EGU21-6088, updated on 04 Mar 2021
https://doi.org/10.5194/egusphere-egu21-6088
EGU General Assembly 2021
© Author(s) 2021. This work is distributed under
the Creative Commons Attribution 4.0 License.

Use of environmental management data for mass flow estimations of plastic debris in rivers: The Seine River and The Huveaune River, France.

Romain Tramoy1, Johnny Gasperi2, Eric Blin3, Isabelle Poitou4, and Bruno Tassin1
Romain Tramoy et al.
  • 1Leesu, Univ Paris Est Creteil, Ecole des Ponts, Creteil, France.
  • 2GERS-LEE, Université Gustave Eiffel, IFSTTAR, F-44344 Bouguenais, France
  • 3Suez Eau France, 270 Rue Pierre Duhem, 13791 Aix en Provence, France
  • 4NGO MerTerre, www.mer-terre.org

Methods to quantify plastic transport in rivers have greatly improved during the past few years. As a first approach, visual counting is currently the simplest way to assess plastic transport with minimal effort and cost. It usually results in underestimations of plastic input into the sea of about one to two order of magnitude when compared to models such as the Jambeck’s approach. The latter shows statistical weaknesses and data availability issues leading to large uncertainties, while visual counting miss the water column compartment and often has a low spatiotemporal representativeness. In order to give another ground-truth estimation of plastic transport able to challenge both models and visual counting, we developed innovative methods based on environmental management data in the Seine estuary (500 m3/s) and the Huveaune River ( 2 m3/s; Marseille, France). First, we used data from institutional cleaning in the Seine estuary that consist in litter collection on riverbanks. Their efficiency was measured based on capture-recapture design. Mass flows of plastic debris were then calculated based on the capture rate over one year, the estimation of the fraction of plastic debris which are never collected (hidden or too small) and the assumption that all plastic debris strand on riverbanks. Second, we used data from bar screens spaced of 3 cm in the Huveaune, a small urban river flowing in Marseille, South France. All the water column is screened, and captured waste are automatically collected in dumpsters. Grab sampling were performed after a dry, a wet and a flood period. The corresponding annual mass flows of plastic debris was then calculated relative to the mean fraction of time corresponding to those hydrological periods over 2017 and 2018. Annual mass flows of plastic debris were normalized to the population in both basins. Although methods were different, mass flows of plastic debris per capita are very similar with 8.5 – 13.6 g/cap/yr for the Seine River and 2.4 – 14.9 g/cap/yr for the Huveaune River. This is one to two order of magnitude lower than the Jambeck’s approach. However, when focusing on the fraction ending into the Sea, bar screens in Marseille enable to decrease the mass flow of plastic debris of about one additional order of magnitude, while cleaning of riverbanks decreases it of about 10%. This is related to the nature of the rivers that calls for different solutions, screening the whole Seine River being a tricky idea. Nevertheless, when normalized to water volume, the Huveaune River is visually much more polluted (16.4–102.2 mg/m3) than the Seine estuary (9.0–14.5 mg/m3). In conclusion, environmental management data can help to estimate mass flows of plastic debris and calls for better consideration. However, they often need an improved scientific framework.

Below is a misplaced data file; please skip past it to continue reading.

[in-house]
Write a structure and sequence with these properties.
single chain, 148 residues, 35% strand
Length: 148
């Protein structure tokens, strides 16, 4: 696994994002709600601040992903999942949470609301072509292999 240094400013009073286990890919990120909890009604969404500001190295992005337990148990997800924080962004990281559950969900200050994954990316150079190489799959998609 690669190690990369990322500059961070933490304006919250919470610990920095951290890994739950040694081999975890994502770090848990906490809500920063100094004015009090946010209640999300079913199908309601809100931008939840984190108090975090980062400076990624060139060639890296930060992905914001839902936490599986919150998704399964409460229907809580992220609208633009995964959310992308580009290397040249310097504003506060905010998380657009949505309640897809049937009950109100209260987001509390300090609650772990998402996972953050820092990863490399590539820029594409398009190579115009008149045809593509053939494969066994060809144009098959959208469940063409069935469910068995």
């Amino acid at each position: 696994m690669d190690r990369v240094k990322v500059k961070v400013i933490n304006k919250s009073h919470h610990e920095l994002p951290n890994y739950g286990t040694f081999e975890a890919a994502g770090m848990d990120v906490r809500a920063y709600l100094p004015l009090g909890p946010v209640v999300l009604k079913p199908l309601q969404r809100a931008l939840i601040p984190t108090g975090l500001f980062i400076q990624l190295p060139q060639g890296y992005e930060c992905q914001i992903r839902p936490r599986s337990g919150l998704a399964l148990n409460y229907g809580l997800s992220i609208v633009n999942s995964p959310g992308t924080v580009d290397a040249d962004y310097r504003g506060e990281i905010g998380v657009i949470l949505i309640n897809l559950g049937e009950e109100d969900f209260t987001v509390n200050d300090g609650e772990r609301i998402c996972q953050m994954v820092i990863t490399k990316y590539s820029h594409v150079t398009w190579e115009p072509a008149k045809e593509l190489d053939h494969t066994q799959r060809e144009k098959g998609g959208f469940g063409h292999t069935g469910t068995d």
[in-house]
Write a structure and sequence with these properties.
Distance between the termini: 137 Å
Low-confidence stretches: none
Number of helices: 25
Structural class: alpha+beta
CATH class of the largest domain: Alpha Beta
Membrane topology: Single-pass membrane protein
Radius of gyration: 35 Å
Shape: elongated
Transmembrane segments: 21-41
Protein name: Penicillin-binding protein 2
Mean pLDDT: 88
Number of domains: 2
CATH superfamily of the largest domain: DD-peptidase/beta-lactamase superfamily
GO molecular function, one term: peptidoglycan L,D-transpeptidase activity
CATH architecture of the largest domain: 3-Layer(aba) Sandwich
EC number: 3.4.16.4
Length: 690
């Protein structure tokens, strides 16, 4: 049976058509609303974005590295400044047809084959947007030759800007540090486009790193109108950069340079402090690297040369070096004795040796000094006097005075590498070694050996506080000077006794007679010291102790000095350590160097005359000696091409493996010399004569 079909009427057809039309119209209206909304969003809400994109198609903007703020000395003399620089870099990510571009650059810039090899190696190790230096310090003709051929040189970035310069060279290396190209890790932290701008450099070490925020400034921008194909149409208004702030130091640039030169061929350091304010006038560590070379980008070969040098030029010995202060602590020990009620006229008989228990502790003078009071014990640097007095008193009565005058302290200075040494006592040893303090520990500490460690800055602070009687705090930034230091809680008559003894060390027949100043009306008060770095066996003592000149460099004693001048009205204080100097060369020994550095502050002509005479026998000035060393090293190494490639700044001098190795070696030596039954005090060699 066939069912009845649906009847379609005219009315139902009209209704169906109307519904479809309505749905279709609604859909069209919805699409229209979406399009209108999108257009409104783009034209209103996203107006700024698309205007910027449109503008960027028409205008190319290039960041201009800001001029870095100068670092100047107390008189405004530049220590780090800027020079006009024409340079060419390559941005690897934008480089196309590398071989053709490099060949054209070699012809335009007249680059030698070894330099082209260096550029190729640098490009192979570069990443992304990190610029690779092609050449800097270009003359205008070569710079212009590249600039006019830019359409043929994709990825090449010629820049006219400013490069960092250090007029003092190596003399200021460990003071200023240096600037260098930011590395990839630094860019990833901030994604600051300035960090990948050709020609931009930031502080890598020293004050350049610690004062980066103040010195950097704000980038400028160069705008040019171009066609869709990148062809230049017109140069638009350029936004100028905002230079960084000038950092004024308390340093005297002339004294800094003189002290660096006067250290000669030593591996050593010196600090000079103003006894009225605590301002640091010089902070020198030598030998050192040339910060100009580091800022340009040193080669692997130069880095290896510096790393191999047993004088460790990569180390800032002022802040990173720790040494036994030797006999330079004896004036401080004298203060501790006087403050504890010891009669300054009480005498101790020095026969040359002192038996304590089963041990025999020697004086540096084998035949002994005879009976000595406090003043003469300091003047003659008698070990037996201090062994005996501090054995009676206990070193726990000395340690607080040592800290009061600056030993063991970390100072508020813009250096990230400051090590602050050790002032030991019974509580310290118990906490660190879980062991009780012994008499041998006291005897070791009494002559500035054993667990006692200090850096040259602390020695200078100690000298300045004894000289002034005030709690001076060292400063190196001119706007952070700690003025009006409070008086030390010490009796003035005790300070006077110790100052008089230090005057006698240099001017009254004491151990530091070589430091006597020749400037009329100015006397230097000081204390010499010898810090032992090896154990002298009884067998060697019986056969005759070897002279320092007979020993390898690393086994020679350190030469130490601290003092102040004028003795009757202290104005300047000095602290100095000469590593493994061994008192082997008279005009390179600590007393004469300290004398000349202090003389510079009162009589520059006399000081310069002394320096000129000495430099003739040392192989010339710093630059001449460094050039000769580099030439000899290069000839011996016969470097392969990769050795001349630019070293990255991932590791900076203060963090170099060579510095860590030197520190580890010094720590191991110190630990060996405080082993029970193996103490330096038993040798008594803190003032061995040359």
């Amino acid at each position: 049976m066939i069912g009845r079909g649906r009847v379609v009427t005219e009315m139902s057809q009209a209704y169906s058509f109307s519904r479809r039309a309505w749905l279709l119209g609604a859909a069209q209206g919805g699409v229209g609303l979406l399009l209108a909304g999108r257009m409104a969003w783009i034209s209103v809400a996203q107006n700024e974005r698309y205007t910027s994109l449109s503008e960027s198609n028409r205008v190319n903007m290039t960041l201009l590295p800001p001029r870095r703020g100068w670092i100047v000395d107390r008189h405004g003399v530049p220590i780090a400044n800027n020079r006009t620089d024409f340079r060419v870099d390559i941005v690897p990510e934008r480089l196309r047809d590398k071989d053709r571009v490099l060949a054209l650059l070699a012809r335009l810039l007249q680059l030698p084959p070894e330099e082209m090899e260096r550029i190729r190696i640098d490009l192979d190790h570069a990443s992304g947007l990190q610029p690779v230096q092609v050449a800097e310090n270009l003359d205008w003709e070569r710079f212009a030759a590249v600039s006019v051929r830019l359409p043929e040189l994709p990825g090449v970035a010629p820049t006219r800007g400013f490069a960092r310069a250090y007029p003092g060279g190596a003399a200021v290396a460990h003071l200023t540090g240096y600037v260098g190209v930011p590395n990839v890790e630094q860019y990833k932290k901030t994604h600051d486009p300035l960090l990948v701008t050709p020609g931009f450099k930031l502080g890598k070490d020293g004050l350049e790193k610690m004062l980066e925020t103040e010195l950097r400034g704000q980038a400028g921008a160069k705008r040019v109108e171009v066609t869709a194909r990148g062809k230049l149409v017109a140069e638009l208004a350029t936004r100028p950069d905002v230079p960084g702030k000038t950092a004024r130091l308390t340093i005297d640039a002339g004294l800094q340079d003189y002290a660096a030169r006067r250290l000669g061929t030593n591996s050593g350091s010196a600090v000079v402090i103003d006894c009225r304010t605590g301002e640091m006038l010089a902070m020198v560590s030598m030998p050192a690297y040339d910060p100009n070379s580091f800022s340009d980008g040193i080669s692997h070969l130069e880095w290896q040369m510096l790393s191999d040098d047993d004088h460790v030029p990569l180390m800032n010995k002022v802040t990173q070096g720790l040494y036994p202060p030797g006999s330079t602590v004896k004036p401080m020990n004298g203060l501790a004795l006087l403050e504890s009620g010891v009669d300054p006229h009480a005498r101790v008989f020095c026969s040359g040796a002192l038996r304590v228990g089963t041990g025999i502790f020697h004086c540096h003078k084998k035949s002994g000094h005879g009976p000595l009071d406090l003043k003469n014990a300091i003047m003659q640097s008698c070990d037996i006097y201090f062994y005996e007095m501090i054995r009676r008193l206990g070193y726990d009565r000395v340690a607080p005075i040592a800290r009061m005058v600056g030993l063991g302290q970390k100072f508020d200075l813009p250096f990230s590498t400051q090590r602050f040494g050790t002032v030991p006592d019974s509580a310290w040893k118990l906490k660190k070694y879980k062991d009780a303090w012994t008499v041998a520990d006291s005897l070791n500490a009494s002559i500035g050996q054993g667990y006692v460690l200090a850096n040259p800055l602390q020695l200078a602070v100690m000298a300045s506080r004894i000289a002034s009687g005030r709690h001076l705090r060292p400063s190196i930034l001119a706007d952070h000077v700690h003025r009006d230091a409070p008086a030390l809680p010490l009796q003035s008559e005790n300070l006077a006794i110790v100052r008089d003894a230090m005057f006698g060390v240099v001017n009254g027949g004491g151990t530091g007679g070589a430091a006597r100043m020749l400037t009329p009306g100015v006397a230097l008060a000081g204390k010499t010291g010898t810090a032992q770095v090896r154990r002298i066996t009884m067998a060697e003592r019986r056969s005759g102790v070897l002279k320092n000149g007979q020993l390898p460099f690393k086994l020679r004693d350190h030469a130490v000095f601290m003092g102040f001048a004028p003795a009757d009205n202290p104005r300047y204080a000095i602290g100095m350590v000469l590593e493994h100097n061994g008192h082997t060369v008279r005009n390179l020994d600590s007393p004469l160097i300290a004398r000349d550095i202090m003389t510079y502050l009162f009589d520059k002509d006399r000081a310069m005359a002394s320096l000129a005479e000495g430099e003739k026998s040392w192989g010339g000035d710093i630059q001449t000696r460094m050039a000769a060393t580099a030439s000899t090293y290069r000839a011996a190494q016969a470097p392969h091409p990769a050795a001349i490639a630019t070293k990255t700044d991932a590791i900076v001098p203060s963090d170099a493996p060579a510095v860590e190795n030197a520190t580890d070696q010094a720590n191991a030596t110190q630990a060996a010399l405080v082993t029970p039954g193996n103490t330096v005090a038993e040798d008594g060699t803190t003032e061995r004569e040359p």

How to cite: Tramoy, R., Gasperi, J., Blin, E., Poitou, I., and Tassin, B.: Use of environmental management data for mass flow estimations of plastic debris in rivers: The Seine River and The Huveaune River, France., EGU General Assembly 2021, online, 19–30 Apr 2021, EGU21-6088, https://doi.org/10.5194/egusphere-egu21-6088, 2021.

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